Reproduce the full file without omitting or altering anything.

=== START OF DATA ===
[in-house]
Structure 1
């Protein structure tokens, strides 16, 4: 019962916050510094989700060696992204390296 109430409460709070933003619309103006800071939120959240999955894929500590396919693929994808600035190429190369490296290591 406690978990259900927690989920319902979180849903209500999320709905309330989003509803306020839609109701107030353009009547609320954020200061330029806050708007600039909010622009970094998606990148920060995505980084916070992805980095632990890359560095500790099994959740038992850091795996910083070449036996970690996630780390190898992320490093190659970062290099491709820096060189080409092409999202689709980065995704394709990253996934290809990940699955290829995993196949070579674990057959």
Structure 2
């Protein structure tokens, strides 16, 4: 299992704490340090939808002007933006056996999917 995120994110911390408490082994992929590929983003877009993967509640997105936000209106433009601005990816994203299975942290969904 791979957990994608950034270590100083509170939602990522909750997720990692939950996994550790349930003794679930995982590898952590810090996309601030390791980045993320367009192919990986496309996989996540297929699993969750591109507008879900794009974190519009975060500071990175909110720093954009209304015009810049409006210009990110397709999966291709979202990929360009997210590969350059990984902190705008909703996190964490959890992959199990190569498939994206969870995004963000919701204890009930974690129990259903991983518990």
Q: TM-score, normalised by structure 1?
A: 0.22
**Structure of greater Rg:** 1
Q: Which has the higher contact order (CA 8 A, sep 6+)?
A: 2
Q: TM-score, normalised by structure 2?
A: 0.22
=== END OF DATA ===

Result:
[in-house]
Structure 1
């Protein structure tokens, strides 16, 4: 019962916050510094989700060696992204390296 109430409460709070933003619309103006800071939120959240999955894929500590396919693929994808600035190429190369490296290591 406690978990259900927690989920319902979180849903209500999320709905309330989003509803306020839609109701107030353009009547609320954020200061330029806050708007600039909010622009970094998606990148920060995505980084916070992805980095632990890359560095500790099994959740038992850091795996910083070449036996970690996630780390190898992320490093190659970062290099491709820096060189080409092409999202689709980065995704394709990253996934290809990940699955290829995993196949070579674990057959």
Structure 2
């Protein structure tokens, strides 16, 4: 299992704490340090939808002007933006056996999917 995120994110911390408490082994992929590929983003877009993967509640997105936000209106433009601005990816994203299975942290969904 791979957990994608950034270590100083509170939602990522909750997720990692939950996994550790349930003794679930995982590898952590810090996309601030390791980045993320367009192919990986496309996989996540297929699993969750591109507008879900794009974190519009975060500071990175909110720093954009209304015009810049409006210009990110397709999966291709979202990929360009997210590969350059990984902190705008909703996190964490959890992959199990190569498939994206969870995004963000919701204890009930974690129990259903991983518990």
Q: TM-score, normalised by structure 1?
A: 0.22
**Structure of greater Rg:** 1
Q: Which has the higher contact order (CA 8 A, sep 6+)?
A: 2
Q: TM-score, normalised by structure 2?
A: 0.22